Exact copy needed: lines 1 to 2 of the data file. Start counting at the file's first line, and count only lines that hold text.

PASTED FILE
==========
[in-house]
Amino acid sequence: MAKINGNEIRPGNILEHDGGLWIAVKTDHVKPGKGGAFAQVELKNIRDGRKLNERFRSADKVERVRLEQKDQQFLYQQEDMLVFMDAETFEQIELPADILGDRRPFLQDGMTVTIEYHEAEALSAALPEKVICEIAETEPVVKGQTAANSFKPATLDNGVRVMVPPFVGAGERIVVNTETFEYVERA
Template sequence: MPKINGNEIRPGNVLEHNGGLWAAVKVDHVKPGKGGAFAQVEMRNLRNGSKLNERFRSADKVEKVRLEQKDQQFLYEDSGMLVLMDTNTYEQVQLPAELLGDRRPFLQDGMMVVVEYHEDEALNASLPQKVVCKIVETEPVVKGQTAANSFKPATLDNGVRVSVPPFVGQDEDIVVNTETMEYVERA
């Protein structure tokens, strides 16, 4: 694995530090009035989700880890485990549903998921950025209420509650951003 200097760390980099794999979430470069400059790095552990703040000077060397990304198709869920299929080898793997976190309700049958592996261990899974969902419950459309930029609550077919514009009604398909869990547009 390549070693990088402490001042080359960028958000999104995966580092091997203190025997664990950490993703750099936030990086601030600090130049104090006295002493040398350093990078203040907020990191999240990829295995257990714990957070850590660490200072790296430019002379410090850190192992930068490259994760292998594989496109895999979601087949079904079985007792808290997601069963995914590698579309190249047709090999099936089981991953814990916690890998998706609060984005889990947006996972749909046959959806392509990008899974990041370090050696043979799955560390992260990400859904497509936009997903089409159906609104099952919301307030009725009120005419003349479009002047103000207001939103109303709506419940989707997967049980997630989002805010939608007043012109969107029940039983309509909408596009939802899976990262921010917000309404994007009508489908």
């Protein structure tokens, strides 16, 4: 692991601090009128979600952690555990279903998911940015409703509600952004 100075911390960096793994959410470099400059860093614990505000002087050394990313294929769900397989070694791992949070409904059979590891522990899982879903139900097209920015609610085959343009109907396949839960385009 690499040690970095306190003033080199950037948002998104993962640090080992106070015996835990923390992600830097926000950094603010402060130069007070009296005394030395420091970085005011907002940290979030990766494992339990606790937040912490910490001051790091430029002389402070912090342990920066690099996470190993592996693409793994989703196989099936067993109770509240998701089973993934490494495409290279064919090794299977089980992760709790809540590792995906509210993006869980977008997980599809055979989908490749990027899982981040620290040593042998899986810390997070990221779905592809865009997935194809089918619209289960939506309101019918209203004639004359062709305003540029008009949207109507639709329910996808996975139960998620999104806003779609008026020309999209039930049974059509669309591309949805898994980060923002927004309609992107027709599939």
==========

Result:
[in-house]
Amino acid sequence: MAKINGNEIRPGNILEHDGGLWIAVKTDHVKPGKGGAFAQVELKNIRDGRKLNERFRSADKVERVRLEQKDQQFLYQQEDMLVFMDAETFEQIELPADILGDRRPFLQDGMTVTIEYHEAEALSAALPEKVICEIAETEPVVKGQTAANSFKPATLDNGVRVMVPPFVGAGERIVVNTETFEYVERA